VERNON — Furloughed from his job as a cruise counselor during the COVID-19 pandemic, Ken Bloom focused on his love of cooking.
He started a food takeout, delivery and catering business called Bloomin’ Italian based out of his home in Vernon.
About two months ago, Bloom went back to his job advising people who want to book a cruise. He’s working remotely and continuing Bloomin’ Italian.
Bloom said he can balance both jobs, checking emails or taking calls in between cooking, still performing very well within the cruise counseling company.
The idea for Bloom’s business came from his 12-year-old daughter. Asked about what she would want to do when auditioning for “MasterChef Junior,” she said the local area lacks really good Italian food.
“So she said, ‘I would get a food truck with my dad and park it on the Vernon-Brattleboro line,’” Bloom said.
When asked what she would name the business, she didn’t know. After going back and forth with producers, they landed on Bloomin’ Italian.
Free time during the pandemic provided Bloom the opportunity to start it. After 60 days of cancellation upon cancellation, his company sent out furlough notices.
Bloom didn’t expect to be out of work. He said he performed within the top 8 percent of the company but furloughs were based on tenure.
Wondering what to do, Bloom got in touch with the state and figured how to get a license to run an in-home restaurant cooking business. Bloomin’ Italian falls under the category of catering.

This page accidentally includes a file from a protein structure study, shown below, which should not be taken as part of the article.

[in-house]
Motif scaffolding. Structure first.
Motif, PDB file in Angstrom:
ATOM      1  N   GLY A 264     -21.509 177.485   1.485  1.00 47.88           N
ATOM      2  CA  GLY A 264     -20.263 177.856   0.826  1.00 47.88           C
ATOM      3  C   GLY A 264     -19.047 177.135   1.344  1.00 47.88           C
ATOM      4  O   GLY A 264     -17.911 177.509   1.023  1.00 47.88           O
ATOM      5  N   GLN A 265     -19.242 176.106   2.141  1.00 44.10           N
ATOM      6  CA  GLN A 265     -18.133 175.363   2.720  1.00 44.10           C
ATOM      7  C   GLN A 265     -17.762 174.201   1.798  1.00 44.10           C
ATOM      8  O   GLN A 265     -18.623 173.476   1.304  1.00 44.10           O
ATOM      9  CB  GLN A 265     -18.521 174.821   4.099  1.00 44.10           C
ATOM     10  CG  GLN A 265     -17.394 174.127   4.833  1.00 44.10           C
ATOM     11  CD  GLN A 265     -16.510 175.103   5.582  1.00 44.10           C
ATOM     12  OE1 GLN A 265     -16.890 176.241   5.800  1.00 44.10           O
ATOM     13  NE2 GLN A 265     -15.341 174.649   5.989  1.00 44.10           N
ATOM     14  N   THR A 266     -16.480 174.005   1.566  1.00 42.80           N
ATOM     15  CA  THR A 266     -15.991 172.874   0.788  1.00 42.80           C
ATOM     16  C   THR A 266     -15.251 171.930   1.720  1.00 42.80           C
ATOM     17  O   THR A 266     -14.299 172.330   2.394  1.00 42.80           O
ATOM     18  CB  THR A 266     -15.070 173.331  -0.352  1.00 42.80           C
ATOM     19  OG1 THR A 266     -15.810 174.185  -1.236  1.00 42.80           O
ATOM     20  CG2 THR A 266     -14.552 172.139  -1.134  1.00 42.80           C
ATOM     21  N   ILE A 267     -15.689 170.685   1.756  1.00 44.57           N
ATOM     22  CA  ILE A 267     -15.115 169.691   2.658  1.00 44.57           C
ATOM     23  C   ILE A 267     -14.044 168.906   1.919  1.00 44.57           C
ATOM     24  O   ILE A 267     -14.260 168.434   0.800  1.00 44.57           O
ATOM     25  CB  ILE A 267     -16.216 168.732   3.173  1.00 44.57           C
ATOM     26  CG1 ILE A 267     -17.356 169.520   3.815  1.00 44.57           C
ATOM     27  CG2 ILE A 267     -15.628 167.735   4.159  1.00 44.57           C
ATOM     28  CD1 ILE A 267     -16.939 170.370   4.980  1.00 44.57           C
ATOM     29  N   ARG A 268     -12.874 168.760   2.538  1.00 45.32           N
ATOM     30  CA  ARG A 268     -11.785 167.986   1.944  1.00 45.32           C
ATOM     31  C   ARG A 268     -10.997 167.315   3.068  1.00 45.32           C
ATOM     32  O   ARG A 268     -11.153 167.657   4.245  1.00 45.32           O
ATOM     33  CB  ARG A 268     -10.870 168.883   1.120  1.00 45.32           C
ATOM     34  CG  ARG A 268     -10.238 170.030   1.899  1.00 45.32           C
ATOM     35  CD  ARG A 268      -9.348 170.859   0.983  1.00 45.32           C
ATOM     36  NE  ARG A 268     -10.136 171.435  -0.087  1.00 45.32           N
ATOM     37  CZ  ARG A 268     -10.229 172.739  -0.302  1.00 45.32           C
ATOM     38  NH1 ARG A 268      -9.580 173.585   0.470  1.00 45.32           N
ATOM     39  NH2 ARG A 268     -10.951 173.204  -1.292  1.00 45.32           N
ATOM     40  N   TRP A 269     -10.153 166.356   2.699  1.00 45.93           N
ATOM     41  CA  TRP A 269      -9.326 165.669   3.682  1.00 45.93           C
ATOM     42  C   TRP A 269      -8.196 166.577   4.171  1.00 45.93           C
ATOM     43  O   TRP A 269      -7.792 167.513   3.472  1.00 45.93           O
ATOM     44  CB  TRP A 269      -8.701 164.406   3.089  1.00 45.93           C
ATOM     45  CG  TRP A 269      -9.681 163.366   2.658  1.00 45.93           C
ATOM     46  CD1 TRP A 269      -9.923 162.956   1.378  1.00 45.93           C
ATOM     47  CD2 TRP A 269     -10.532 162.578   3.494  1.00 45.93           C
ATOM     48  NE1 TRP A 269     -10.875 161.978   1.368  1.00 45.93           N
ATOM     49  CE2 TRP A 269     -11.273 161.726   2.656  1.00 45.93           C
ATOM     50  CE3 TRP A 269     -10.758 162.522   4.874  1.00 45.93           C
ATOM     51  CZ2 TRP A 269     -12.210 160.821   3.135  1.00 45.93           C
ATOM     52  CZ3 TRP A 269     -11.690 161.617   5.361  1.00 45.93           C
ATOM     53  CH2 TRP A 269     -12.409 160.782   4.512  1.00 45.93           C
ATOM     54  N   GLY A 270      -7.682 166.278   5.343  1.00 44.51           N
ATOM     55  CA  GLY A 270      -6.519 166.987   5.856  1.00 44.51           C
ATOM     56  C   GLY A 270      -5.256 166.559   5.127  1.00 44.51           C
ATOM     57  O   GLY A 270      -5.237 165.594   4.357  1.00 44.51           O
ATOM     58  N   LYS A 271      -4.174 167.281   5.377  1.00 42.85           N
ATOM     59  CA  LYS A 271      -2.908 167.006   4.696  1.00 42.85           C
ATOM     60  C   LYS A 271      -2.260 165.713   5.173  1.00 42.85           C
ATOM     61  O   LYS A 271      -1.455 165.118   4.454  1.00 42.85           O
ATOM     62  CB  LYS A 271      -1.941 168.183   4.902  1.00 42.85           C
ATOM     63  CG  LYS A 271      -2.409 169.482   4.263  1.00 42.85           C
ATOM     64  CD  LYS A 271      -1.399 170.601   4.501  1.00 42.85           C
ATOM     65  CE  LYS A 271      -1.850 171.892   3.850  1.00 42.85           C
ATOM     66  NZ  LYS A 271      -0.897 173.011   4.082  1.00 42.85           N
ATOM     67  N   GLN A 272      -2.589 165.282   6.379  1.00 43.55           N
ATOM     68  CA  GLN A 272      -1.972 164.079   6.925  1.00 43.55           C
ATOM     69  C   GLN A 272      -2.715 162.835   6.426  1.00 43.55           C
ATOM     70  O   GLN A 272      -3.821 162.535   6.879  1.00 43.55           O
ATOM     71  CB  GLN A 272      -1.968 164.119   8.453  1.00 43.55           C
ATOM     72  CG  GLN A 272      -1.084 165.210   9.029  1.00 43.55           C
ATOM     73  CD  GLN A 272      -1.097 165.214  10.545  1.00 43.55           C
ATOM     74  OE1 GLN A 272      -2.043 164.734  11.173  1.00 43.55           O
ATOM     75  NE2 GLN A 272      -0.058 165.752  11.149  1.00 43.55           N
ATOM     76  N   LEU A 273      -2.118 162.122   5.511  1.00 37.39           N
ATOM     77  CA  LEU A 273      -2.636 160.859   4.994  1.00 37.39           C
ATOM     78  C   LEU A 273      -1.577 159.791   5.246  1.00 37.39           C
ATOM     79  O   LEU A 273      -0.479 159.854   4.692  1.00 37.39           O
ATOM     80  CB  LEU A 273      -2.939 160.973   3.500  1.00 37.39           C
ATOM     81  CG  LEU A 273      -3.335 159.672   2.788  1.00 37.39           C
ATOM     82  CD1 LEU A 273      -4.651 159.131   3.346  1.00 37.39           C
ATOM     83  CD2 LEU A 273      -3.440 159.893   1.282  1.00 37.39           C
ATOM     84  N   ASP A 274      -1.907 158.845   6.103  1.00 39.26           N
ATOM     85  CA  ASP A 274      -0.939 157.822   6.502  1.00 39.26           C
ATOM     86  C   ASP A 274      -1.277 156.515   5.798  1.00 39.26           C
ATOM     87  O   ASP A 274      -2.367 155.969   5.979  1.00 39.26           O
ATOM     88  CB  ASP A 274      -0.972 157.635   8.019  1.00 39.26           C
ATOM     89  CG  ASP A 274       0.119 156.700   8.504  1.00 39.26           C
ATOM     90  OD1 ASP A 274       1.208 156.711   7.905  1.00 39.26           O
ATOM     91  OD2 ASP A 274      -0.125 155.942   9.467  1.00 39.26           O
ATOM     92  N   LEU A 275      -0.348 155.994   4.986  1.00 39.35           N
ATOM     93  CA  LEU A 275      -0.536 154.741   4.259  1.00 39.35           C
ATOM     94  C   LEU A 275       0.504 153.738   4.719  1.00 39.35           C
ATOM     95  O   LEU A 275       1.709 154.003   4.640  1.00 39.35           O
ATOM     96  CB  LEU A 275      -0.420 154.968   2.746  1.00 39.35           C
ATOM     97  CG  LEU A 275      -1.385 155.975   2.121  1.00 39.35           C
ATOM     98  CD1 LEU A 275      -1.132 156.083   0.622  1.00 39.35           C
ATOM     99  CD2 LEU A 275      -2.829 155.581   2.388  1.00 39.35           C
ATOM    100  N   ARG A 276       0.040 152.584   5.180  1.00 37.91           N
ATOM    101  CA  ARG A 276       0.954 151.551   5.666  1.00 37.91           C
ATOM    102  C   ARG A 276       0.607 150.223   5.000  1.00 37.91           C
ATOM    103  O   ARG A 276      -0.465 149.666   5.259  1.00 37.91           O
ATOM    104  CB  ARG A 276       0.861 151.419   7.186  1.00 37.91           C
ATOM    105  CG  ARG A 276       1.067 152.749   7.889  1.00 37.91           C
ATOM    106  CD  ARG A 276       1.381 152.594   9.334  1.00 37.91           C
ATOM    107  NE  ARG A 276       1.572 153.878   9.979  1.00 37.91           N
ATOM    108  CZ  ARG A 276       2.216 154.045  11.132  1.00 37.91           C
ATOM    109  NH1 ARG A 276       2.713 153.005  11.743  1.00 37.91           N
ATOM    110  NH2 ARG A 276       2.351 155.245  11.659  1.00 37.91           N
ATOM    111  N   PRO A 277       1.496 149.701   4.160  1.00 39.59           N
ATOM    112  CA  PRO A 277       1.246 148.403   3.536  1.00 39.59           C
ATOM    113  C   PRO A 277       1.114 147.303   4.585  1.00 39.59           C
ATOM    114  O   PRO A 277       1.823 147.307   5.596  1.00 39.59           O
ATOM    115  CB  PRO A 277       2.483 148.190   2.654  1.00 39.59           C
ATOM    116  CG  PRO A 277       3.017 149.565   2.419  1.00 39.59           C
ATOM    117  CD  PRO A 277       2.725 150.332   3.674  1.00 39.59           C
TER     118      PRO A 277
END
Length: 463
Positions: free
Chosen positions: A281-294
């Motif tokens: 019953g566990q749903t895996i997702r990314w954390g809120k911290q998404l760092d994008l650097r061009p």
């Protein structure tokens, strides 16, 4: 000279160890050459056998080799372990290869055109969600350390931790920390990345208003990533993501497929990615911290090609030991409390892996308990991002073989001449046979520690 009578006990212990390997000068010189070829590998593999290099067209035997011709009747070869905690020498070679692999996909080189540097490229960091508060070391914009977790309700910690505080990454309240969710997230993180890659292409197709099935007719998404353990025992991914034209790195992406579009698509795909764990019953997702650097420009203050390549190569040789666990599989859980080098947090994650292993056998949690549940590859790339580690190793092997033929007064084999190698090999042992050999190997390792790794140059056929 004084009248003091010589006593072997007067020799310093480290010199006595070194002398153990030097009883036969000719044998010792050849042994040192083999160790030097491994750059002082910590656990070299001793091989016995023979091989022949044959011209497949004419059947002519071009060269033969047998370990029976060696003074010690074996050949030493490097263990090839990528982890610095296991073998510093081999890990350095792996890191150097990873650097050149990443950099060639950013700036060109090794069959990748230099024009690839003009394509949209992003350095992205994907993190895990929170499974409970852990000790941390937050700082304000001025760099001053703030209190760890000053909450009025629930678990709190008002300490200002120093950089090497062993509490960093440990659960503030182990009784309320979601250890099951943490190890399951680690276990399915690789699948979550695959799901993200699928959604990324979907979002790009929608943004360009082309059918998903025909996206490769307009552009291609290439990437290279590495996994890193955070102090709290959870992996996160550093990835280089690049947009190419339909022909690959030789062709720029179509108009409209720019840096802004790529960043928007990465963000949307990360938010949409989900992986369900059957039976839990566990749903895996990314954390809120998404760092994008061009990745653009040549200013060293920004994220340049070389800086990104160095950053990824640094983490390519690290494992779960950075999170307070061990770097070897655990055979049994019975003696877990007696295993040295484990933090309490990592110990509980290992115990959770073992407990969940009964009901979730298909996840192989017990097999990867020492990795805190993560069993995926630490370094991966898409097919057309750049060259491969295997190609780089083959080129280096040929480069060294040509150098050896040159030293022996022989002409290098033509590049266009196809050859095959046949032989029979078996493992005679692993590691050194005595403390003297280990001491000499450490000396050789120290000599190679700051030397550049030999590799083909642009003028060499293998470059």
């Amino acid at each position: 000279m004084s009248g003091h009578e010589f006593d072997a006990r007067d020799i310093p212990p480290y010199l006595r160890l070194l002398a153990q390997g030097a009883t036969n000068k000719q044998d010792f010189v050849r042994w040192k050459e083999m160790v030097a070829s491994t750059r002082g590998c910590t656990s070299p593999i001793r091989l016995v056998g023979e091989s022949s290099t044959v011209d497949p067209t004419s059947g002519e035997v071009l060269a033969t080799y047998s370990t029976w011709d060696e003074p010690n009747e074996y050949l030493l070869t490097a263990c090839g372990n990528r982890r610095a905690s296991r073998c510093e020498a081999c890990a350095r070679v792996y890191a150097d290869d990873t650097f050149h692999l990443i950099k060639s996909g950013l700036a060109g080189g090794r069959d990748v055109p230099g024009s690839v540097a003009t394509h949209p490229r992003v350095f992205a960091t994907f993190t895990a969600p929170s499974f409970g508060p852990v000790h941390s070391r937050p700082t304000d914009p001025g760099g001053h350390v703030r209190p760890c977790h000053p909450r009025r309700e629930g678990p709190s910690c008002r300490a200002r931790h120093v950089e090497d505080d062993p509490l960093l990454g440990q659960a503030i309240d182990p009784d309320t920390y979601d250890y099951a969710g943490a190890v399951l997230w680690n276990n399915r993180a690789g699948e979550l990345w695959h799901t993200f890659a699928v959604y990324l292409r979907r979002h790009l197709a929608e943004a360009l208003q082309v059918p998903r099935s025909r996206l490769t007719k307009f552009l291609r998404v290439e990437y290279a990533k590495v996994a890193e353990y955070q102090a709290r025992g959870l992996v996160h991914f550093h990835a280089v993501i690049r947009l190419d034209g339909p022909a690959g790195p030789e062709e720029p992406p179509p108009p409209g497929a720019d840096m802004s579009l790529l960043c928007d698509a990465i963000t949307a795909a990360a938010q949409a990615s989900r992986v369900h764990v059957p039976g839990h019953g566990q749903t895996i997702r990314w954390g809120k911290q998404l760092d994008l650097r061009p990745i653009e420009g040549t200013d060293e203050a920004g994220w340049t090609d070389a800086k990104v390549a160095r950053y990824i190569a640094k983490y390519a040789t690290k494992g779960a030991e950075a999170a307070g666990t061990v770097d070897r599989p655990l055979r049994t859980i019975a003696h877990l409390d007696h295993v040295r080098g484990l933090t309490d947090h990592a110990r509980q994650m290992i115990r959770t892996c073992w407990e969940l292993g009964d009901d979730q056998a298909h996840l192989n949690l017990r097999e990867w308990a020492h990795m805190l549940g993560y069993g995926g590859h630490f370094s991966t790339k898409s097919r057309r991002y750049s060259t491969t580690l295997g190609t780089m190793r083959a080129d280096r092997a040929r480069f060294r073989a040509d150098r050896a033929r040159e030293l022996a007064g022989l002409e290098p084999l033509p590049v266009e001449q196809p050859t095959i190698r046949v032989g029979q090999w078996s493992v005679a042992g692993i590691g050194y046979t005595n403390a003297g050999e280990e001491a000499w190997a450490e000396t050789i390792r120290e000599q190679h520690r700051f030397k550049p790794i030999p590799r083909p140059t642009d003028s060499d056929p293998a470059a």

Bloom said he has now been a “caterer restauranteur” for about two years. The night before the interview, he catered an event at the Vernon Recreation center. Three weeks earlier, he cooked for a 35-person wedding rehearsal dinner. He also made lasagna for Employee Appreciation Week at Rescue Inc.
“So business is good,” he said. “I do barbecue, some of the best barbecue — fried chicken, I smoke ribs on the smoker — but mostly it’s the Italian stuff.”
Bloom said his pizza, lasagna and chicken parmesan are big sellers. Soon, he plans to start selling sauces he makes.
His daughter is involved in the cooking. Bloom said she has advanced skills and she stepped in to help him while he was healing from chopping the tips of fingers off during a camping accident.
The menu and information on ordering can be found at facebook.com/bloominitalian. Bloom noted the phone number for the business is still based in Texas, where he lived before moving locally about four years ago.
Bloom said his Vernon home has enough storage space for the business. He can turn out orders for nighttime if they are made in the morning but he prefers to be given a day’s notice.
“If it’s a couple of hours before dinner,” he said, “I’ve got the ability to churn out some meatballs very quickly for them.”
Meals can be made to fit ketogenic, kosher and gluten-free diets.
Bloom hands out business cards. Once he punches five unique holes in them after purchases, customers get 15 percent off their next order.
“I have a lot of loyal, local customers,” he said, estimating that he’s probably sold food to about 800 Vernon residents.
Bloom said he’d love to grow the business into a restaurant.
Before the interview, he showed off the garden in his yard. He grows items such as tomatoes, jalapenos and basil for his meals.
Bloom also likes to give back to the community. He serves on two town committees aimed at ensuring the success of the Vernon Fire Department and the Governor Hunt House.
Born in a Jewish and Italian section of Brooklyn, N.Y., Bloom moved to the Concord, N.H., later in life. He owned several houses in New Hampshire before heading to Texas. He lived in Brattleboro for a few months before buying a house in Vernon in October 2018.